Source: Deep Learning on Medium
3. Are there nvidia-smi errors?
The nvidia-smi command can also show some errors, which can help us determine what the problem might be.
“ NVIDIA-SMI has failed because it couldn’t communicate with the NVIDIA driver”
This error is usually due to a problem with the installation of the driver. Most commonly we see this error when people have installed the driver but not yet rebooted the system, although it is also seen if other packages have been installed after the NVIDIA driver and before the system has been rebooted.
If a reboot of the system doesn’t correctly pick up the driver, then I would recommend removing all old driver versions, and then reinstalling the latest driver and rebooting the system immediately afterwards. For details of how to do this, there are some good instructions for both RHEL and Ubuntu in the IBM Knowledge Center.
“Failed to initialize NVML: Driver/library version mismatch”
This is the most common error we see, and is an indication that the NVIDIA driver kernel module has not been built against the same level of the Linux kernel as the one the system is running. The driver installation uses details from the kernel-devel package to build the driver correctly for the system. If this is at a different level to the kernel that is currently running then they will be incompatible.
To check if this is the problem, you can use the Dynamic Module Kernel Support framework (DKMS) to find the state of the NVIDIA driver kernel module:
sudo dkms status
This should list an NVIDIA module, and give the status of “installed”. If the status is listed as “added” or “built”, then you will need to reinstall the kernel module. First, you will need to remove the existing module, then install consistent levels of the kernel and kernel-devel packages. Once that’s done you can rebuild and install the kernel module.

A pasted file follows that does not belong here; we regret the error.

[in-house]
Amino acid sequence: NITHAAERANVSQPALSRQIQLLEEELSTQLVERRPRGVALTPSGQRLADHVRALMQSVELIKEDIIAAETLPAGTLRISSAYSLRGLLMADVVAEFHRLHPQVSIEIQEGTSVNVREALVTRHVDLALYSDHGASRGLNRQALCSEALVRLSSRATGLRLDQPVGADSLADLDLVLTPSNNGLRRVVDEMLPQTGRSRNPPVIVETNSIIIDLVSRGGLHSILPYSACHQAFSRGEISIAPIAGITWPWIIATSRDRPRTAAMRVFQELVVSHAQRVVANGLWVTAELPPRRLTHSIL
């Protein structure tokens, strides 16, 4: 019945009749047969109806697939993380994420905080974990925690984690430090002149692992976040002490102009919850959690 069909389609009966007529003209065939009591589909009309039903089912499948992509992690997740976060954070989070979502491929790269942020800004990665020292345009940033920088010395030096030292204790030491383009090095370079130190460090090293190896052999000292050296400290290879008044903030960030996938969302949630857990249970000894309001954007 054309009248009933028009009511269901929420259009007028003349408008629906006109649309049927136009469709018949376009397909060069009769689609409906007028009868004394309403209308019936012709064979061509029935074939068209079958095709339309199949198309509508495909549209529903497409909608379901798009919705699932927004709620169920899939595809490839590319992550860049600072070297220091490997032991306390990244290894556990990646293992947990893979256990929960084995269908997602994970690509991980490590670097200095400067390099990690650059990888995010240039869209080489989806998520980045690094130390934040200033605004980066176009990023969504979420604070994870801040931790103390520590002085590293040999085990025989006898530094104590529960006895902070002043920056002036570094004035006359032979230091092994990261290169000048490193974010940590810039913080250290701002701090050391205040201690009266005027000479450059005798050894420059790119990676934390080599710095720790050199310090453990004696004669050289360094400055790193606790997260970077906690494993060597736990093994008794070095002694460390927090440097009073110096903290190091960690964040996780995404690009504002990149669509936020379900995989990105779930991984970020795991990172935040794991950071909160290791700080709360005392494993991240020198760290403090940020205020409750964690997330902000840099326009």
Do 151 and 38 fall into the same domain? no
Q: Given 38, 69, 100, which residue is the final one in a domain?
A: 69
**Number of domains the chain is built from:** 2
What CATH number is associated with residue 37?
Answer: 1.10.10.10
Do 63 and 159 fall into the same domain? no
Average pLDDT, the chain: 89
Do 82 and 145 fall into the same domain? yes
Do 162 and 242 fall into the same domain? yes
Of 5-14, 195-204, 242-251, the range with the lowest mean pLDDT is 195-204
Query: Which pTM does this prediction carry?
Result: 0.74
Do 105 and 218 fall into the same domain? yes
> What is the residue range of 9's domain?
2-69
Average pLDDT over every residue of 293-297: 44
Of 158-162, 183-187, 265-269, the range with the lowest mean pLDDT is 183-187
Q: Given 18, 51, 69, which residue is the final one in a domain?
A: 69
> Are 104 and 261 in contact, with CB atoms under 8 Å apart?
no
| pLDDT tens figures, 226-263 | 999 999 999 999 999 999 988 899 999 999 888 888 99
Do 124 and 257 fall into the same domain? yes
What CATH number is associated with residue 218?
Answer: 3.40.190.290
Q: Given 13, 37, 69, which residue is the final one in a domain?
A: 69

Update your kernel and kernel-devel packages to the same latest level:
sudo yum install kernel-devel
sudo yum update kernel kernel-devel
If the kernel is updated to a newer version then you will need to reboot the system to pick up these changes. If not, then you can continue with the next steps. For these, the NVIDIA driver level is the driver release you are trying to install. The kernel level is the release of the Linux kernel running on your system. This can be found from the installed package name, or by running:
In our case, the kernel version is currently 3.10.0–957.21.3.el7.ppc64le so you might need to look for a similar looking string.
sudo dkms remove nvidia/<nvidia driver level> — all
sudo dkms build nvidia/<nvidia driver level> -k <kernel level>
sudo dkms install nvidia/<nvidia driver level> -k <kernel level>
The final dkms status command should now show you that the driver kernel module is installed for your current kernel version. You should now be able to run the nvidia-smi command and see all of your installed GPUs.